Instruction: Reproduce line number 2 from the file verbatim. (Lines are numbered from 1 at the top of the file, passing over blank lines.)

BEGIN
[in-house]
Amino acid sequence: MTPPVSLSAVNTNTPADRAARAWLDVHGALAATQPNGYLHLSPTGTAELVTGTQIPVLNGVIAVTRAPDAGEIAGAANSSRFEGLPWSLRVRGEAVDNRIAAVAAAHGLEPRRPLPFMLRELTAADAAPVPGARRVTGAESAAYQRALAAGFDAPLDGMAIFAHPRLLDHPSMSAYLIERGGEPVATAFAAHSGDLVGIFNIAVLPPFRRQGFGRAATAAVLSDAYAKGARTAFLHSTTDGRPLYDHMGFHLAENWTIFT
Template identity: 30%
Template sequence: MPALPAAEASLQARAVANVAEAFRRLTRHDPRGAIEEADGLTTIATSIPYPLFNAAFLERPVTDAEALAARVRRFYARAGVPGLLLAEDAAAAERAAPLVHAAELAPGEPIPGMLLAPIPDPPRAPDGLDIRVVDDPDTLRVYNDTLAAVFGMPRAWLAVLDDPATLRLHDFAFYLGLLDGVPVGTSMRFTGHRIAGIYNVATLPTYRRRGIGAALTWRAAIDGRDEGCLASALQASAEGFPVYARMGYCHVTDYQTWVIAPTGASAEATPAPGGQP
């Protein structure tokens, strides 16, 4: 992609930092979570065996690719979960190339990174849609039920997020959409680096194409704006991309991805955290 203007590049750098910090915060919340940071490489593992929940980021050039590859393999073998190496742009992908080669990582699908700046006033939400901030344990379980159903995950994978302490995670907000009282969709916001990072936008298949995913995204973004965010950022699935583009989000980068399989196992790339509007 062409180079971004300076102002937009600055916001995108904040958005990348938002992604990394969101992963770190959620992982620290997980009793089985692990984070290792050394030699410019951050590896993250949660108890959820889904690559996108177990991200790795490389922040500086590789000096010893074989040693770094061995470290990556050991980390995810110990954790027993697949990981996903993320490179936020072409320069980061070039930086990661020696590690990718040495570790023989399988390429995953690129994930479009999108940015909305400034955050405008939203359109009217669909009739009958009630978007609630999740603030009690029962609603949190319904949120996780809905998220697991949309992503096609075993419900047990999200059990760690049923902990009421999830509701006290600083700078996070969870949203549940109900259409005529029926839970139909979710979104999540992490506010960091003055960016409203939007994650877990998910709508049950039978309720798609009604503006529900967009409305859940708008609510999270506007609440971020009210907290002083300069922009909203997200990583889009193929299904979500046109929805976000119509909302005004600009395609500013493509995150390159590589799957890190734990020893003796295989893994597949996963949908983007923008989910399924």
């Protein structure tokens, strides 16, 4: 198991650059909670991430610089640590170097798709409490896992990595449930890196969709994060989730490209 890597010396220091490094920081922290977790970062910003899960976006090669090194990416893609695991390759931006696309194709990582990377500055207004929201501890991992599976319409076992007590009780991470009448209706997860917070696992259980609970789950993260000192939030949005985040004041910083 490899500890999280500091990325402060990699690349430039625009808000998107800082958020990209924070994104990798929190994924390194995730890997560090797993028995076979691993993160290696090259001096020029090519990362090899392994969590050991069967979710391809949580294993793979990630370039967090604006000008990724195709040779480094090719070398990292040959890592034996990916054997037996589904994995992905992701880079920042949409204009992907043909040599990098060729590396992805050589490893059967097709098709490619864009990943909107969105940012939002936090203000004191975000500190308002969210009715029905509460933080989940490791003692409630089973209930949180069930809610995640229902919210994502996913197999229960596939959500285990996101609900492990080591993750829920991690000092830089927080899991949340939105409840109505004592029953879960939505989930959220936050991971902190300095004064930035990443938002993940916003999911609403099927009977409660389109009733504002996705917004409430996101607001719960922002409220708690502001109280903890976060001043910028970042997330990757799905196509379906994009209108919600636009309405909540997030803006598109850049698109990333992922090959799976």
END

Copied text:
Amino acid sequence: MTPPVSLSAVNTNTPADRAARAWLDVHGALAATQPNGYLHLSPTGTAELVTGTQIPVLNGVIAVTRAPDAGEIAGAANSSRFEGLPWSLRVRGEAVDNRIAAVAAAHGLEPRRPLPFMLRELTAADAAPVPGARRVTGAESAAYQRALAAGFDAPLDGMAIFAHPRLLDHPSMSAYLIERGGEPVATAFAAHSGDLVGIFNIAVLPPFRRQGFGRAATAAVLSDAYAKGARTAFLHSTTDGRPLYDHMGFHLAENWTIFT